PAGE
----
With 2D animation you need to simplify everything. A character is simplified to its basic roots. This often makes the artists put a lot of thought into who the character is and what shapes express the character the best. The audience eye is allowed to pay attention to the action instead of getting distracted by unnecessary details.

This field of animation also lets us look at a movie like a painting. It literally takes hundreds of paintings to create all the background for a story of a film. When 2D animation is at its best everything is painted to highlight the characters. The artists have the ability to dramatically change the color scheme in order to push an emotion. There are times where we only are allowed an impression of a location, like the Forest in Bambi for example. If you go back and study the backgrounds in Bambi, you will find that the paintings for the foreground and background are only impressions of what a real forest looks like. However, the feeling the forest in Bambi creates can be more real then a actual forest.

Some of the feelings I have gotten from 2D animation films like Pinocchio, Lady and the Tramp, and Bambi have never been matched in any other film medium. In 2D animation I am allowed to see the hand of the artist, the only devices the artists need to make the medium work is a pencil and paper. It is a personal field of study and you are allowed to see the sweat and blood the artist put into making the drawings come to life. The actual power of 2D animation is that you start with a blank piece of paper and are able to create anything you can imagine.

(Here are links to the rest of the posts for this series, Film Mediums, CG Animation, and Live Action)

Finding Neverland

Posted in Movie Reviews by Jacob on April 25, 2010

Finding Neverland is a wonderful movie about the power of imagination and friendship.

The movie is loosely based on the true  1904 story of James. M. Barrie and how he created the story for his stage play (and later book) Peter Pan. The filmmakers said that they were inspired by true events but never wanted to have the movie be an exact representation.

No matter how true the movie was to the real event, Finding Neverland was a great film. The movie deals with some very mature issues. We are introduced to James Barrier in a very depressing time in his life. He just has had a play flop at the theaters and his marriage seems to be declining. Through the efforts of trying to make a new and successful stage play, James runs into a family consisting of four boys and a single mother. The mother of course has her hands full with four children, so James decides to help out. There are many things that interests James about the family, he find great qualities in all the children, but James takes a particular liking to one boy named Peter.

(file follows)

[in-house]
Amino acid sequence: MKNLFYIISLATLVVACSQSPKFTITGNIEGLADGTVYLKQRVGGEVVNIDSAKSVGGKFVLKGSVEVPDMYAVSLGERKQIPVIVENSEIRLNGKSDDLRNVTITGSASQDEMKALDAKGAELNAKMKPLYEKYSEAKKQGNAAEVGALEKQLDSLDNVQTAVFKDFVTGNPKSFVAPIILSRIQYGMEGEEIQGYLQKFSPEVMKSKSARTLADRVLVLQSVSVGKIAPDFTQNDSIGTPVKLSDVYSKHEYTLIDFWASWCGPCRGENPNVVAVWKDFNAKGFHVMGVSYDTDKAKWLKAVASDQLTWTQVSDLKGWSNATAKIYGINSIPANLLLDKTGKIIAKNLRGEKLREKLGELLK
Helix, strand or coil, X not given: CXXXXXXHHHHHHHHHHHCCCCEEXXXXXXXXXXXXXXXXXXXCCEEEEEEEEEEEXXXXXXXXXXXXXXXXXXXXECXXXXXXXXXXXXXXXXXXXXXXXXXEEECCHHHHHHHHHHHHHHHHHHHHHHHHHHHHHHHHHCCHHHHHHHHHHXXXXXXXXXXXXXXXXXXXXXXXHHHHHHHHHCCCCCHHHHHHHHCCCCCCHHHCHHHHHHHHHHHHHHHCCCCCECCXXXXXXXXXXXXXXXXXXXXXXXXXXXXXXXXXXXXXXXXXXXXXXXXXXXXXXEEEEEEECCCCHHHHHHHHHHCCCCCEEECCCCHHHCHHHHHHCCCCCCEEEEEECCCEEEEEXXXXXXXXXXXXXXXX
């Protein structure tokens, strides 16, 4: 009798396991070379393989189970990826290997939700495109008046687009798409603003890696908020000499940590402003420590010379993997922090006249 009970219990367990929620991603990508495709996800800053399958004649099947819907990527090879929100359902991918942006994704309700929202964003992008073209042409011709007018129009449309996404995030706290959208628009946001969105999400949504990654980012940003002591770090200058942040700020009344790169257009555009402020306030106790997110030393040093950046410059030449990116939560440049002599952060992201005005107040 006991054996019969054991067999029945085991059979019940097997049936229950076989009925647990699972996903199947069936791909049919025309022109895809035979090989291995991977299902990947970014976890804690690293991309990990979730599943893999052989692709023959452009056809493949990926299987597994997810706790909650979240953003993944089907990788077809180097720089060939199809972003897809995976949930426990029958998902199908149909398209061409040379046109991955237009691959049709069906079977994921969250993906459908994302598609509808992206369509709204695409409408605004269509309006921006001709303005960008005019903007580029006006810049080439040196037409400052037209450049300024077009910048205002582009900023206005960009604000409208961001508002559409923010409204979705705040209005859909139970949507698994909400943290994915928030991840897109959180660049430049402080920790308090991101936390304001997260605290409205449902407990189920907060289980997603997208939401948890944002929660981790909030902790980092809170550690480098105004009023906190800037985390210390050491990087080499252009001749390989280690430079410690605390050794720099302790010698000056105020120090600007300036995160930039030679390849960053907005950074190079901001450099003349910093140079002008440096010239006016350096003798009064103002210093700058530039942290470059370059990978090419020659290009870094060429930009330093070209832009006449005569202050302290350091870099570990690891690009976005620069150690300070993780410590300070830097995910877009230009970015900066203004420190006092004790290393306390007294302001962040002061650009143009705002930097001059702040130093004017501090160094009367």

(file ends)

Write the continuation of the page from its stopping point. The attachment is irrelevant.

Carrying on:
Peter is a boy around age 9, that has sadly already grown up. His father died from a sudden illness and Peter has never been able to deal with what happened. Peter is a boy who does not want to show his hurt and because of that he has hidden himself away from anything that could give him life and then be taken away again. James is able to impress most of the children though the power of his imagination, but Peter stays reluctant to buying into James stories and imagination. I think that James sums up Peters problems at the beginning of the film by telling him, “With those eyes lad you will never see”. Peter has cut ties to everything that could hurt him and by doing so, Peter is blind.

The beauty of the film for me was how James was able to let Peter become a kid again and see. James makes Peter realize that you truly lose those you love by cutting ties with them, but when you allow them to be part of your life and infect who you are, they will never leave. James uses a journal that he gave him as an example. James points out that those people who Peter loves will always be in the pages and stories he creates. James shows Peter that the imagination is is the gateway to those he loves, no matter where they are physically.

Mark Foster was the director of Finding Neverland. I think he filmed the movie quite well. There was a curtain rhythm to the way he shot each scene. Mark talked at length about how he thought the way the director and actors staged each scene has a just as much to do with getting the audience into a rhythm as the music and cutting. Mark let us as an audience see James imagination. When ever there was a scene of James playing with the kids, we went to and from reality and James imagination. Mark was able to show us someone who was not limited by reality, we saw that James had a imagination full of  creativity that infected the people around him.

Mark talked about approaching the film from a child’s eye. He and the rest of the crew did this with great success. The basis of the movie was about holding on to that child within and never letting your imagination die. This is one of those movies that touches on one of the cores of what life should really be about, because of that I think it will always be relevant.

Finding Neverland is able to give you new eyes. You will see the power the imagination holds and how it can be a light in the hardest of times.